Thursday, July 3, 2008

The Cover of a Book

From the time we're young, we're taught "don't judge a book by its cover." I don't remember, but I imagine our parents are the first ones to teach us this. I suspect a teacher mentions it now and again. Friends probably say it. The question I have, then, is where do we all learn to judge books by their covers?

If we assume that our parents actually lived what they preached, then a reasonable explanation might be simply that it's human nature to look at a guy with long hair, or a girl with tattoos or a shaved head or purple hair, or a person we consider homely, and think ill of them. I think it's more than simply our nature, though. I think society creates expectations of how people should look. If someone is wearing torn up rags, then something must be wrong with them. Along with our nature, this prepares us for a nice long life of judging others.

I have met folks on this trip who wore rags, who had tattoos, who wore their hair in a way different than that in which I wear mine, who come from different cultures and speak different languages, and who have different political and religious views, all of whom were splendid folks. I didn't, however, necessarily think positively about them prior to getting to know them. I glanced at the cover and figured the book must suck.

Well, I've added another item to my to-do list on this trip—quit judging books by their covers. Since I've observed this flaw in myself, I've judged yet more books by their covers. It will be difficult to quit doing it. I don't know why it is so ingrained in my being, but it is. Hopefully, I'll have many more months of meeting books with wacky covers to practice and work my way towards achieving one additional goal before "normal" life begins again—actually, I hope "normal" life never begins again.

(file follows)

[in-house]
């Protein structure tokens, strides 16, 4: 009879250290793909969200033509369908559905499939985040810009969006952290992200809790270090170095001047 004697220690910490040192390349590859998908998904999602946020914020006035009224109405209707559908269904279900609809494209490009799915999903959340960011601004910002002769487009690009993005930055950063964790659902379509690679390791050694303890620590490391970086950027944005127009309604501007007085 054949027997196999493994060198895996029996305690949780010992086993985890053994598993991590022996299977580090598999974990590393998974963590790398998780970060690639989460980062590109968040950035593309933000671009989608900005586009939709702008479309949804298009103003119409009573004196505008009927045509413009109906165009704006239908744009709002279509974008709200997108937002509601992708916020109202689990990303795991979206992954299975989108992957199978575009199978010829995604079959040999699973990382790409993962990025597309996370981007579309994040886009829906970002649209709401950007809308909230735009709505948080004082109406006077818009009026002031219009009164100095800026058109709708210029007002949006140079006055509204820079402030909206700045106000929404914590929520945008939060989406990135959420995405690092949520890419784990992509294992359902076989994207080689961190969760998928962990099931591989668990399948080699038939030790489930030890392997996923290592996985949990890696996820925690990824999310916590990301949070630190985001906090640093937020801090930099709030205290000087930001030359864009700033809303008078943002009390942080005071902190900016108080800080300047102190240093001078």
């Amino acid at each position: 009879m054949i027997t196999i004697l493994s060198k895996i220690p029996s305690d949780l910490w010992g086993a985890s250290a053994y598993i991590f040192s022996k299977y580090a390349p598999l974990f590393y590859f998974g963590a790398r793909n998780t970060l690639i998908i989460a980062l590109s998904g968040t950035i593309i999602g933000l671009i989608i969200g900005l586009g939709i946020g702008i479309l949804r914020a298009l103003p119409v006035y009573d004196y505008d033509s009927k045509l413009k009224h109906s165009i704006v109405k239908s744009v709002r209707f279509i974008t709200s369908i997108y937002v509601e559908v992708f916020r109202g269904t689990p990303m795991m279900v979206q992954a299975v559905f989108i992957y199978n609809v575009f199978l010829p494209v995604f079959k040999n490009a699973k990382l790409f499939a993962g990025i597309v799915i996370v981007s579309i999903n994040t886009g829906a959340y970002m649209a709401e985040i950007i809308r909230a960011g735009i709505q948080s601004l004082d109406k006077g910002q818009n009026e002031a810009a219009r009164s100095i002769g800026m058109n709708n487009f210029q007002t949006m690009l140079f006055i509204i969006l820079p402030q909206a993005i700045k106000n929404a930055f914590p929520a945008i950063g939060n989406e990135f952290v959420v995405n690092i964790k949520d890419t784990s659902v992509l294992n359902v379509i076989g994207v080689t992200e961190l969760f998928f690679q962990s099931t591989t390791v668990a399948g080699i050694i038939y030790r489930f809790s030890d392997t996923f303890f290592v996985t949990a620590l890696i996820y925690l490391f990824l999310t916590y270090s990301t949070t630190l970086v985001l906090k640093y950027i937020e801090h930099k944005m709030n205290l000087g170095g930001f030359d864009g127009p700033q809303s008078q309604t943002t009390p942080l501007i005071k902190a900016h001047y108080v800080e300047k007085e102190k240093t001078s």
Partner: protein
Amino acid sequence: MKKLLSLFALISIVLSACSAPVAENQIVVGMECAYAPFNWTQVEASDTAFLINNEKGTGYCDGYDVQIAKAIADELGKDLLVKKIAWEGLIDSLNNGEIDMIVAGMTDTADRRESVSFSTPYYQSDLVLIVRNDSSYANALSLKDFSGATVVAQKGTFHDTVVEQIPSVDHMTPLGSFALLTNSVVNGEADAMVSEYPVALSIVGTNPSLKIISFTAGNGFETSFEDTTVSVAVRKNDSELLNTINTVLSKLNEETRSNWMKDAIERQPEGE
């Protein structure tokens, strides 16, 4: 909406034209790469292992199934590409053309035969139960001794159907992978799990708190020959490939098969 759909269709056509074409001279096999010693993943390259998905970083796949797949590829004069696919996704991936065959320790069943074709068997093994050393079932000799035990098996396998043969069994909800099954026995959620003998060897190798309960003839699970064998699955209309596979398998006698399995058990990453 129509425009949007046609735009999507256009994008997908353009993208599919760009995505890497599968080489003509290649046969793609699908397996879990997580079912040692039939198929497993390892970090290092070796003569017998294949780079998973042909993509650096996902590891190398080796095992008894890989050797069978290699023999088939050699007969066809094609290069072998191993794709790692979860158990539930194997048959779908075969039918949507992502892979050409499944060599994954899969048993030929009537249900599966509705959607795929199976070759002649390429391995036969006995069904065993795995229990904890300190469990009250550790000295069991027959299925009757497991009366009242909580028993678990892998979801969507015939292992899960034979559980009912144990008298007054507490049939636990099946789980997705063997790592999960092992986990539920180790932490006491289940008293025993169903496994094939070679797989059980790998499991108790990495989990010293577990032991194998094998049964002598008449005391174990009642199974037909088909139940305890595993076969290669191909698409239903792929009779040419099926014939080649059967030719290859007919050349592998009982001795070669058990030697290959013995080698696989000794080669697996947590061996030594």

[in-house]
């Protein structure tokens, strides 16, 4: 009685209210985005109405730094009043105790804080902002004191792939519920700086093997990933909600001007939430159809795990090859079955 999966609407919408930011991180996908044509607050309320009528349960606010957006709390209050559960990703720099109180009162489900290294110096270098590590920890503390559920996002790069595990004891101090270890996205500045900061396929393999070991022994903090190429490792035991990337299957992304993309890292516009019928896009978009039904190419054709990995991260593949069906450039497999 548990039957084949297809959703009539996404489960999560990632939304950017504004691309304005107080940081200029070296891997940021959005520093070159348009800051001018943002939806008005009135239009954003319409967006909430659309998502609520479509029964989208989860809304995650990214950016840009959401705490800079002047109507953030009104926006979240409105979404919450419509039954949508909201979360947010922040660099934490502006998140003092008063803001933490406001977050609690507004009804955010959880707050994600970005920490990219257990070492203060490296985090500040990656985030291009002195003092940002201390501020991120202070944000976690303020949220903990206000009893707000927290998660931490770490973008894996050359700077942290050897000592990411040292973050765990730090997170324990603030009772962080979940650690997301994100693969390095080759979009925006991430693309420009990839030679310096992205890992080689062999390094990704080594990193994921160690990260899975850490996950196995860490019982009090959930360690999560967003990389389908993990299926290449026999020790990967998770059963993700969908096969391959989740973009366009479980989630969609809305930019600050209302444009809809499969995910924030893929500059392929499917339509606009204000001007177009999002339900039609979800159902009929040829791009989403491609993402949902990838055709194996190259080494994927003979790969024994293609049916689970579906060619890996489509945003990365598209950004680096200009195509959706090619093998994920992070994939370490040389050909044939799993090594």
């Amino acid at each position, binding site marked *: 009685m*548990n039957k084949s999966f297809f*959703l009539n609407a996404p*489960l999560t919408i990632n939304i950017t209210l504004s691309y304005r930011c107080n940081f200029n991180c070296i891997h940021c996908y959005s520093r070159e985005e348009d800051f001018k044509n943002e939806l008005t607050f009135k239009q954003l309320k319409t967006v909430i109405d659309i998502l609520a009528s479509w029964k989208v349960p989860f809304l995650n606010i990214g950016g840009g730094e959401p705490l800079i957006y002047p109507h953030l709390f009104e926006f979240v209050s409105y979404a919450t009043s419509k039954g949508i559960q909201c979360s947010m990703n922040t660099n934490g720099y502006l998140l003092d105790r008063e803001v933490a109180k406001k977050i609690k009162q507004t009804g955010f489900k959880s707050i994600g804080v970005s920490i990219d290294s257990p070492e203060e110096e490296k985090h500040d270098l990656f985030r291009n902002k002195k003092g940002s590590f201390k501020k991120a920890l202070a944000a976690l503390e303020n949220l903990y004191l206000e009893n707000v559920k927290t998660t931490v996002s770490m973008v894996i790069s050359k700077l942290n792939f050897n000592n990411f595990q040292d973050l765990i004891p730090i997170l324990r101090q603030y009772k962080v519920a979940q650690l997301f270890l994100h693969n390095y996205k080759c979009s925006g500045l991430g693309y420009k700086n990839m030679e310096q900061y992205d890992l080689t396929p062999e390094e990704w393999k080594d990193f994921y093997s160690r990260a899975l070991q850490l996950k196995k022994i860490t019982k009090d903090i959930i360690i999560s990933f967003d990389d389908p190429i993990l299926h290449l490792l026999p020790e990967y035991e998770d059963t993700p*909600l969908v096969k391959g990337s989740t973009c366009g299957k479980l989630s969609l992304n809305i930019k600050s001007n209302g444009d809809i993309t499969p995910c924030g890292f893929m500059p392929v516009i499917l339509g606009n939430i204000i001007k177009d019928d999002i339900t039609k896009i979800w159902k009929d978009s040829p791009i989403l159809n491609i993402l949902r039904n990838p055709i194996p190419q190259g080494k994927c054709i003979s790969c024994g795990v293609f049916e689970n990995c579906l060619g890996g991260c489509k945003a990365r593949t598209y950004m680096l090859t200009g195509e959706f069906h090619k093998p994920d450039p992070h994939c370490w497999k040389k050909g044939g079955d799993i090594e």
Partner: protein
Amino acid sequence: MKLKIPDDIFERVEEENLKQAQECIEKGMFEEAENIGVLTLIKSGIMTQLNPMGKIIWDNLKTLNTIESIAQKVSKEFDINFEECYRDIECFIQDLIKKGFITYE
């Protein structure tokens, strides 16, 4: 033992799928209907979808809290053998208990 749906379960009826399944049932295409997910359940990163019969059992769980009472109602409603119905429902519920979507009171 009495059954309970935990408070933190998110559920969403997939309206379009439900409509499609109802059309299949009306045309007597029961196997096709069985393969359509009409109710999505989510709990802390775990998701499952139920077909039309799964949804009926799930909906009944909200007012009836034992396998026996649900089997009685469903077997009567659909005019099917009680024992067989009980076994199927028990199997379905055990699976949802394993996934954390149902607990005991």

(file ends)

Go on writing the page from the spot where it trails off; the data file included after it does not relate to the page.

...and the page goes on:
1 comment:

Anonymous said...

Write on the blackboard:

"I will not make obvious statements."
"I will not make obvious statements."
"I will not make oblivious statements."


Sometimes you have to judge a book by it's cover. It's such an ingrained process that we have to remind ourselves not to do it without thinking. But self-preservation demands pre-judging all of life. After all, if the girl would have run in the direction of the sign's arrow for "Safety", she would have survived to see the credits roll; instead, she ran in the direction of "Certain Death" and as a result, the cast of "Scary Movie" was one (or more) lighter by the time that "THE END" put in an appearance.

For that matter, can you imagine the mental process that leads one to blow a ten-spot on perhaps less than ninety minutes of so-called "Entertainment" while pretending not to notice that your sneakers are melting in a puddle of Coke syrup on the floor of the not-so-immaculately-clean motion picture theatre?

So anyway, find me a red beanie-cap with a spinning propeller on top; I'm playing Ol' Scratch's Advocate again.

"I will not make oblivious statements."
"I will not make obvious statements."
"I will not mix my metaphors or indulge in Spoonerisms just to be cute."
"I will stop reflecting on the meaning of life in the service of writing wreams of good advice for now..."

Buena Suerte,